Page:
Salmon-patch hemorrhages after central retinal artery occlusion in sickle cell disease

Lee M. Jampol*, Patrick Condon, Rutheva Dizon Moore, Graham Serjeant, Joel A. Schulman

*Corresponding author for this work

Research output: Contribution to journalArticlepeer-review

17 Scopus citations


In two patients with sickle cell disease (one hemoglobin SC and one hemoglobin SS), central retinal artery occlusions developed. In one case, the occlusion followed a retrobulbar injection of lidocaine hydrochloride. Although the central retinal artery reperfused in each patient, many secondary peripheral retinal arteriolar occlusions remained. During the subsequent days, multiple salmon-patch hemorrhages developed in the distribution of these occluded arterioles. In one patient, the salmon-patch hemorrhages evolved into atrophic schisis cavities. These unusual cases allowed us to document the origin of salmon-patch hemorrhages after peripheral retinal arteriolar occlusions. The development of the hemorrhages was a delayed phenomenon that occurred hours to days after the initial vascular occlusion. Reperfusion of the damaged ischemic vessels with a blowout of the wall of the vessels seems the most likely explanation for this phenomenon.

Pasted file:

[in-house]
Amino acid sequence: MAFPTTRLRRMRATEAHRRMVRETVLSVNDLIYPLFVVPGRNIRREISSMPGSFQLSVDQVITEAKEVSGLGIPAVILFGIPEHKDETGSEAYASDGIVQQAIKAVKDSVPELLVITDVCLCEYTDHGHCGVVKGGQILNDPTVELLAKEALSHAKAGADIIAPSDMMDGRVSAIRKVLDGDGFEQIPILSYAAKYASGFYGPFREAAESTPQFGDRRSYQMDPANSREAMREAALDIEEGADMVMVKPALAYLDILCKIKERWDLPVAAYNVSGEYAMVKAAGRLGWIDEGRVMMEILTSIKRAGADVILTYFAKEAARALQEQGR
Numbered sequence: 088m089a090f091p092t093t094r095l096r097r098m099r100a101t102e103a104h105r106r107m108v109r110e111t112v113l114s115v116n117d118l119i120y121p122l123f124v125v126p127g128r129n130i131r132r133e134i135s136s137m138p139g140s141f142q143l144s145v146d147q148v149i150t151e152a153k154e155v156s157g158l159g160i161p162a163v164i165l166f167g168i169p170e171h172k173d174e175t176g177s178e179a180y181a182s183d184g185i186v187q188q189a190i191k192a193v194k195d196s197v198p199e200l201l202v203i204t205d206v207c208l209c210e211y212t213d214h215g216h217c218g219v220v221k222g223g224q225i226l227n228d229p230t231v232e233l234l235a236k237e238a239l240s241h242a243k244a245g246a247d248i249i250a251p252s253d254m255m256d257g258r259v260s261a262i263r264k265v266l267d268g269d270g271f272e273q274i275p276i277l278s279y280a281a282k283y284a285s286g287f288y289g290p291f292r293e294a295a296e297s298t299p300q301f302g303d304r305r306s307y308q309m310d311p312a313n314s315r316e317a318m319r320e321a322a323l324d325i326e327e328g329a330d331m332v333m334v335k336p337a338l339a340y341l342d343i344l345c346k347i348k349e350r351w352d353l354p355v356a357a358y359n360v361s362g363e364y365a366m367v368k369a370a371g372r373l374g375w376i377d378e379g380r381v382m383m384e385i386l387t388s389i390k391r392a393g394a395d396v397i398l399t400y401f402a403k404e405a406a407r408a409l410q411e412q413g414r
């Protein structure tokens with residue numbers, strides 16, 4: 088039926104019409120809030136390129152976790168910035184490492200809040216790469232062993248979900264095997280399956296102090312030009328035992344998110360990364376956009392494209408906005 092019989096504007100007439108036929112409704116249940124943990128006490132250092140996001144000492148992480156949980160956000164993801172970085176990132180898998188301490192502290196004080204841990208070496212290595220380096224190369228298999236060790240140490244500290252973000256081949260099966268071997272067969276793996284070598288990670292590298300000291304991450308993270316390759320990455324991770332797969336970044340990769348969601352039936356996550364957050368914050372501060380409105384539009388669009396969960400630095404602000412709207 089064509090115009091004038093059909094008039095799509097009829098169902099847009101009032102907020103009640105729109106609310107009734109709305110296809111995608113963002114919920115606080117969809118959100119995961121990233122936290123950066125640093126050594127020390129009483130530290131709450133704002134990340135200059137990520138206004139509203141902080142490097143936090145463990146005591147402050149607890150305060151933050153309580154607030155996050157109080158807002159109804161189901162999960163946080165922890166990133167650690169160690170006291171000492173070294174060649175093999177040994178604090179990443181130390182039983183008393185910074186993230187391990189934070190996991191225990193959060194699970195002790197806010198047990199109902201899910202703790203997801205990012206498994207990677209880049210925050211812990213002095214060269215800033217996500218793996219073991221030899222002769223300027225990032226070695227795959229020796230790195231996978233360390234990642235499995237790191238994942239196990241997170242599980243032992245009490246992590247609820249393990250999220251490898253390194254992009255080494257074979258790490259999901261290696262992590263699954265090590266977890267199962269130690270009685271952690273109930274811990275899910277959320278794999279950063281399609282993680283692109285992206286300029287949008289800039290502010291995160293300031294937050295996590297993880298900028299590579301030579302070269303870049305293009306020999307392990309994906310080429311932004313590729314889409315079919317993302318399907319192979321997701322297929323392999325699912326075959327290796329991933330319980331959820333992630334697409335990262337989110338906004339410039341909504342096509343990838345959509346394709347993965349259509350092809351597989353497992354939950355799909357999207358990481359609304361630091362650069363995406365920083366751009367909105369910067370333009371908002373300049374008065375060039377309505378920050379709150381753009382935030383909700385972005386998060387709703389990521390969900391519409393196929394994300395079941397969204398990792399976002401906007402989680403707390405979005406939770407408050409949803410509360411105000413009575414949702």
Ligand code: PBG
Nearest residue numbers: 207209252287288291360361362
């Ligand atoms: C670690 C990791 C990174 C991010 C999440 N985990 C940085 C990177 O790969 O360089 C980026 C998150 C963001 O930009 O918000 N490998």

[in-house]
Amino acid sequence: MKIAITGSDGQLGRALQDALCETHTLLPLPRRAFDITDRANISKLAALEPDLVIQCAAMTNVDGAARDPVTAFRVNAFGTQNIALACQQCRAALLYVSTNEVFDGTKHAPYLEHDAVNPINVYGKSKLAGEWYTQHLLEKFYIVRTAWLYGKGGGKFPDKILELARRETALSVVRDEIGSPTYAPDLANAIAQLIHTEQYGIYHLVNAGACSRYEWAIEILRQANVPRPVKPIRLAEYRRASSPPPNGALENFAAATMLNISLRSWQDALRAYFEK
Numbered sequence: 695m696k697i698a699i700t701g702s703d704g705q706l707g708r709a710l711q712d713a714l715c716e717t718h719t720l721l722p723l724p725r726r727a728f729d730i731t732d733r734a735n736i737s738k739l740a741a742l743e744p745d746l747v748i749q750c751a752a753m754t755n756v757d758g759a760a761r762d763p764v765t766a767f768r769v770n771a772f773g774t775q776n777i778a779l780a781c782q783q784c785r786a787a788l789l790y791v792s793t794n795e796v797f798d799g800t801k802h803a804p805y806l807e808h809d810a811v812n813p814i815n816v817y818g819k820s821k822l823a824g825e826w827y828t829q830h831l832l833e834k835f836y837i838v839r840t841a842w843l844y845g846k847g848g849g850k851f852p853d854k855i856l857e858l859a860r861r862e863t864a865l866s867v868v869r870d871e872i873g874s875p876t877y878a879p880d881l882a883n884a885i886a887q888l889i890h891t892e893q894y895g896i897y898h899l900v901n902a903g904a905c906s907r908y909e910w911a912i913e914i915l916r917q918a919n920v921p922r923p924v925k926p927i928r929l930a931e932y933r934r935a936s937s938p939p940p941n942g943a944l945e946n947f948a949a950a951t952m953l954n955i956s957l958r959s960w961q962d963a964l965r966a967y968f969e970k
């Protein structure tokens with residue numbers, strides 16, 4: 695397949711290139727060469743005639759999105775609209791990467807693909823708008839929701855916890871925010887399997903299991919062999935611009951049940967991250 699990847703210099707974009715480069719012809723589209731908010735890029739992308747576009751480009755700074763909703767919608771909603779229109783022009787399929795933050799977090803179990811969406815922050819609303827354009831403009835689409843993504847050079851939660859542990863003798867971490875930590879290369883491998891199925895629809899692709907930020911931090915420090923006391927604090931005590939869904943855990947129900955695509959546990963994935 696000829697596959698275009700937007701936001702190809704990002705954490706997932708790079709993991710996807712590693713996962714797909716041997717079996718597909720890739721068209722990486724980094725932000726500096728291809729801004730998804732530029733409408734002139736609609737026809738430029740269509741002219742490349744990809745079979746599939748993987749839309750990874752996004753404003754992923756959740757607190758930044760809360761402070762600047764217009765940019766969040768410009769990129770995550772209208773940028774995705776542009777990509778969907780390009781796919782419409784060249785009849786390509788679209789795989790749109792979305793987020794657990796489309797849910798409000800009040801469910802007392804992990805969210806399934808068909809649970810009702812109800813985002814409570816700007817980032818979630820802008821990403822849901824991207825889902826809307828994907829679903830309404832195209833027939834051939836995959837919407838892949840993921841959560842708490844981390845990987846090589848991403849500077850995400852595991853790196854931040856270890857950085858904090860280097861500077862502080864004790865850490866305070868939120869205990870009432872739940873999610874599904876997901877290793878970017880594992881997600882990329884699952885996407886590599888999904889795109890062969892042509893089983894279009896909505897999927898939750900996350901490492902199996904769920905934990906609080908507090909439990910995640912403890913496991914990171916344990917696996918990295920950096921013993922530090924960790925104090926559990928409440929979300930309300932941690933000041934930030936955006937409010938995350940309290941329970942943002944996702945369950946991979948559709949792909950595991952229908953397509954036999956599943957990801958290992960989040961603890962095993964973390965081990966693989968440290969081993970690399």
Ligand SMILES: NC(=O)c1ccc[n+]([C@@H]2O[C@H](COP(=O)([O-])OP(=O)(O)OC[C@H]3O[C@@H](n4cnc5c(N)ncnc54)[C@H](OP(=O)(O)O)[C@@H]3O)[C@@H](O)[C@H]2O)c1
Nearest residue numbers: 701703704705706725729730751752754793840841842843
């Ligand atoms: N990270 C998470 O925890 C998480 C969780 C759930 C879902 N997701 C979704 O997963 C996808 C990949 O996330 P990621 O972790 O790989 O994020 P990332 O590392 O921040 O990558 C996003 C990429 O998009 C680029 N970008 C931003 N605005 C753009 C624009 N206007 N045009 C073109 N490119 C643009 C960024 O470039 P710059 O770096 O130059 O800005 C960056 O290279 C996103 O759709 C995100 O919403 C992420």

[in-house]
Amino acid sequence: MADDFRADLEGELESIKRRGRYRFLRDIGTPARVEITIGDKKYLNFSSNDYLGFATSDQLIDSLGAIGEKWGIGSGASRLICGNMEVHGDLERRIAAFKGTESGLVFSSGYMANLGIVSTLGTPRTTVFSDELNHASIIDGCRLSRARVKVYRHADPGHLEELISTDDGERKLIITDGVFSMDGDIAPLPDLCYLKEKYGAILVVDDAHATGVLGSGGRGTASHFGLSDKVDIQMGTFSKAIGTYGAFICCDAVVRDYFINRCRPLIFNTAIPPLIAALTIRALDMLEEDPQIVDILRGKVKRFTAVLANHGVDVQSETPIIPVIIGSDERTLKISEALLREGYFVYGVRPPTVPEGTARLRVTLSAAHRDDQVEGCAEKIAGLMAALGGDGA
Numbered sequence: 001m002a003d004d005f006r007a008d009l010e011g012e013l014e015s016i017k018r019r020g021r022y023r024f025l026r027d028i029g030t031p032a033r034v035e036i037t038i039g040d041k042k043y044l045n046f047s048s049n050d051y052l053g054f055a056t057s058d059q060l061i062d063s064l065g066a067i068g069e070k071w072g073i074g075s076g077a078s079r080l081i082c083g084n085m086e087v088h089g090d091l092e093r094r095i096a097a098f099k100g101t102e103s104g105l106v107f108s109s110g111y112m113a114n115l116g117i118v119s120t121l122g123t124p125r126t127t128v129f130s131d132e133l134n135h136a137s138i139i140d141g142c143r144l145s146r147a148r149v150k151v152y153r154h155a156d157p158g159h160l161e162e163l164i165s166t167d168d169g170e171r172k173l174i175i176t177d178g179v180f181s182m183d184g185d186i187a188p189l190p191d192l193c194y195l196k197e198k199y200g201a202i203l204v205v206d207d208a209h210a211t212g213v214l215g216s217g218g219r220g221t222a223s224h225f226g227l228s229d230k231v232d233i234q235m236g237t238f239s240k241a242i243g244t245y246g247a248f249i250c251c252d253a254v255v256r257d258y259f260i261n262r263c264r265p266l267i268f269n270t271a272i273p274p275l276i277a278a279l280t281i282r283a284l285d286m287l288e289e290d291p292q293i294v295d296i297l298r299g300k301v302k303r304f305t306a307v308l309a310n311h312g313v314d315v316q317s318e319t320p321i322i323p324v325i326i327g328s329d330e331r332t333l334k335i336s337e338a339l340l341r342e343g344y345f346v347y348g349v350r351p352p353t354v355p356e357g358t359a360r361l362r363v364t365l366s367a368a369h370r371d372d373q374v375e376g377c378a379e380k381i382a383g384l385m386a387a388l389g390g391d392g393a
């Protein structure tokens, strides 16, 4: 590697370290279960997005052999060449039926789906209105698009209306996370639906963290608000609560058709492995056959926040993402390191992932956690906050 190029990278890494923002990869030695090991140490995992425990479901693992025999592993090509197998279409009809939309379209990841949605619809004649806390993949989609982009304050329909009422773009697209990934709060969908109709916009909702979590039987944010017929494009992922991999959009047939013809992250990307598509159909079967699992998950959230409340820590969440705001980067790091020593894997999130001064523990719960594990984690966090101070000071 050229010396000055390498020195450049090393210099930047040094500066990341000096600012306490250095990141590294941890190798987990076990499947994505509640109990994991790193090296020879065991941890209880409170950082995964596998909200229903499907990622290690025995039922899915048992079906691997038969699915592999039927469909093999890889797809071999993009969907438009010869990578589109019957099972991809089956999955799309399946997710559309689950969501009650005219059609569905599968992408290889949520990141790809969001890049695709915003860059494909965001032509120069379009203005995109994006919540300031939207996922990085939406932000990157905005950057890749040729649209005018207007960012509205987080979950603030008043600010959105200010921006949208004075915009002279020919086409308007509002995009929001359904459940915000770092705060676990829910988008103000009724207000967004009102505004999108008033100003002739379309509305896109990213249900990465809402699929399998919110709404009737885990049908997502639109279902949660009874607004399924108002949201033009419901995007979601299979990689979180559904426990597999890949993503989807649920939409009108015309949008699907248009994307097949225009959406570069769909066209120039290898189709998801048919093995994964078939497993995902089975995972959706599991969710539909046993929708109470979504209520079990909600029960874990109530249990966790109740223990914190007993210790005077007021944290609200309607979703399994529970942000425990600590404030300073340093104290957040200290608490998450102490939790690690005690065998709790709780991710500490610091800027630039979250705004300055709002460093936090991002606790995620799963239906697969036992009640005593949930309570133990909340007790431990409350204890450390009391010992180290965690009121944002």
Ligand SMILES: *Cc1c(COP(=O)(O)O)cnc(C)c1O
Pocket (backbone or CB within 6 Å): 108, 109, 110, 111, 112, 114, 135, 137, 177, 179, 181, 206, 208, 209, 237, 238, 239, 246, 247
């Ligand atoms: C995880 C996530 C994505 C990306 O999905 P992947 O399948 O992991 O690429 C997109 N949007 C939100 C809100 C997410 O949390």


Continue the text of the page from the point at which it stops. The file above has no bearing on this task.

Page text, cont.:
Original languageEnglish (US)
Pages (from-to)237-240
Number of pages4
JournalArchives of ophthalmology
Issue number2
StatePublished - Feb 1981

ASJC Scopus subject areas

  • Ophthalmology


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